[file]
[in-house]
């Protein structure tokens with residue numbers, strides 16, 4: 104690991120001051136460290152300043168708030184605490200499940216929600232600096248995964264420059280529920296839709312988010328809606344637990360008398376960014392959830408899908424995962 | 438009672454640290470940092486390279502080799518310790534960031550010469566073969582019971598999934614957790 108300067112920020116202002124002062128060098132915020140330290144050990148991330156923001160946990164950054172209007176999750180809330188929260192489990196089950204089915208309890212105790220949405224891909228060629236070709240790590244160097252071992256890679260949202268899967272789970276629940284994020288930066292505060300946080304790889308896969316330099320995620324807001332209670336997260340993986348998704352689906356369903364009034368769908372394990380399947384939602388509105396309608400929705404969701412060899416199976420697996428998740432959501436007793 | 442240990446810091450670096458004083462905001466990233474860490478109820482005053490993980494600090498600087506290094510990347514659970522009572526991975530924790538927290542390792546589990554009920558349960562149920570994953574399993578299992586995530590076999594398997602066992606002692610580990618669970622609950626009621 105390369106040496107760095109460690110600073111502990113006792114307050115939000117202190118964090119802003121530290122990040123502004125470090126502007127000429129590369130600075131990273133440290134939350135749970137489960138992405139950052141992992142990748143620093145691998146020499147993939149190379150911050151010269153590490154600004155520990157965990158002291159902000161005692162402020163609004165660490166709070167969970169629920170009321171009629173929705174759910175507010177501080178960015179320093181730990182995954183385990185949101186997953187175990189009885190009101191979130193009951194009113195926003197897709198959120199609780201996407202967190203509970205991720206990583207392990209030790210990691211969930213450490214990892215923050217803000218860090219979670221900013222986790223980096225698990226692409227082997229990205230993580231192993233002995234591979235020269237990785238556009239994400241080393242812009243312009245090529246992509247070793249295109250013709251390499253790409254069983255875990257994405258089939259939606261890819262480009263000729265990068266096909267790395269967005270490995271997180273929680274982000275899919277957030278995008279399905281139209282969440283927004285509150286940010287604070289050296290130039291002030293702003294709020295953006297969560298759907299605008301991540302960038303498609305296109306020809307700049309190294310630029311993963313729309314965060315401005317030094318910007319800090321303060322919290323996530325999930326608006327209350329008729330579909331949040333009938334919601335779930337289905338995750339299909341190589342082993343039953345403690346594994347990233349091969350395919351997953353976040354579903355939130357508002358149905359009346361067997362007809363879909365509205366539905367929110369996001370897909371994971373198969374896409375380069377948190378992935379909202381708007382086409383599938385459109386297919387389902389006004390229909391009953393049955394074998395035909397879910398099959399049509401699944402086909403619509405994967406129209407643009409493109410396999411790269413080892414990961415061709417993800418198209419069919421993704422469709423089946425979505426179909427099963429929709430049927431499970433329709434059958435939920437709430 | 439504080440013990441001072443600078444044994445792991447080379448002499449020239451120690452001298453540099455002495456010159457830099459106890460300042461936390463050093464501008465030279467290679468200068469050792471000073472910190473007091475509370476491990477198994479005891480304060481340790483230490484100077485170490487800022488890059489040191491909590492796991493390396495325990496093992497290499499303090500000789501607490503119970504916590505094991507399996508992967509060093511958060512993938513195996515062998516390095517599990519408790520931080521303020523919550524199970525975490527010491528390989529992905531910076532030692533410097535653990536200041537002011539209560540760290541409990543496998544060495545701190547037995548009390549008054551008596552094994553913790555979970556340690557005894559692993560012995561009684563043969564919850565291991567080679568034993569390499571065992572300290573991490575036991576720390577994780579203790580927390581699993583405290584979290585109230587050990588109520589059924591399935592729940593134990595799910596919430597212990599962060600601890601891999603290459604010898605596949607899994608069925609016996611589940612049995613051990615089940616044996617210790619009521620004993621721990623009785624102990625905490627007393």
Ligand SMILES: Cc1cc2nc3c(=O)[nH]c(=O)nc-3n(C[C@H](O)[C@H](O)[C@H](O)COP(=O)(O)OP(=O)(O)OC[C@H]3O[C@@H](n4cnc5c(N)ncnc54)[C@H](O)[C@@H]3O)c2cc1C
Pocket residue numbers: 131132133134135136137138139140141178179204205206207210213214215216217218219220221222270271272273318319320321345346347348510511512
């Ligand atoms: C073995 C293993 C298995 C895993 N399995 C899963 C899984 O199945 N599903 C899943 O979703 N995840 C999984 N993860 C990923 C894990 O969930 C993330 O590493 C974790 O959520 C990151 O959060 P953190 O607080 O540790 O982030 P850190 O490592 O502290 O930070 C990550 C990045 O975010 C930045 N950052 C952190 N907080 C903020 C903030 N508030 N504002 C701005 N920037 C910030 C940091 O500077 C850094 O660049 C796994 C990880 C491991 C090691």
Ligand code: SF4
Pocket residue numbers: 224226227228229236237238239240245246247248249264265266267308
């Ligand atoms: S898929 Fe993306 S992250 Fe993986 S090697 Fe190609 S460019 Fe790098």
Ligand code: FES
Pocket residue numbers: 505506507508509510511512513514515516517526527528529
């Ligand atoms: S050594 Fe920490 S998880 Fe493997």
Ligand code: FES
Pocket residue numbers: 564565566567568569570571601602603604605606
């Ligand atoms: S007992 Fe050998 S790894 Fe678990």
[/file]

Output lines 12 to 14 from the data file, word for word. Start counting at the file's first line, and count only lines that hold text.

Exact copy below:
Ligand code: FES
Pocket residue numbers: 564565566567568569570571601602603604605606
């Ligand atoms: S007992 Fe050998 S790894 Fe678990």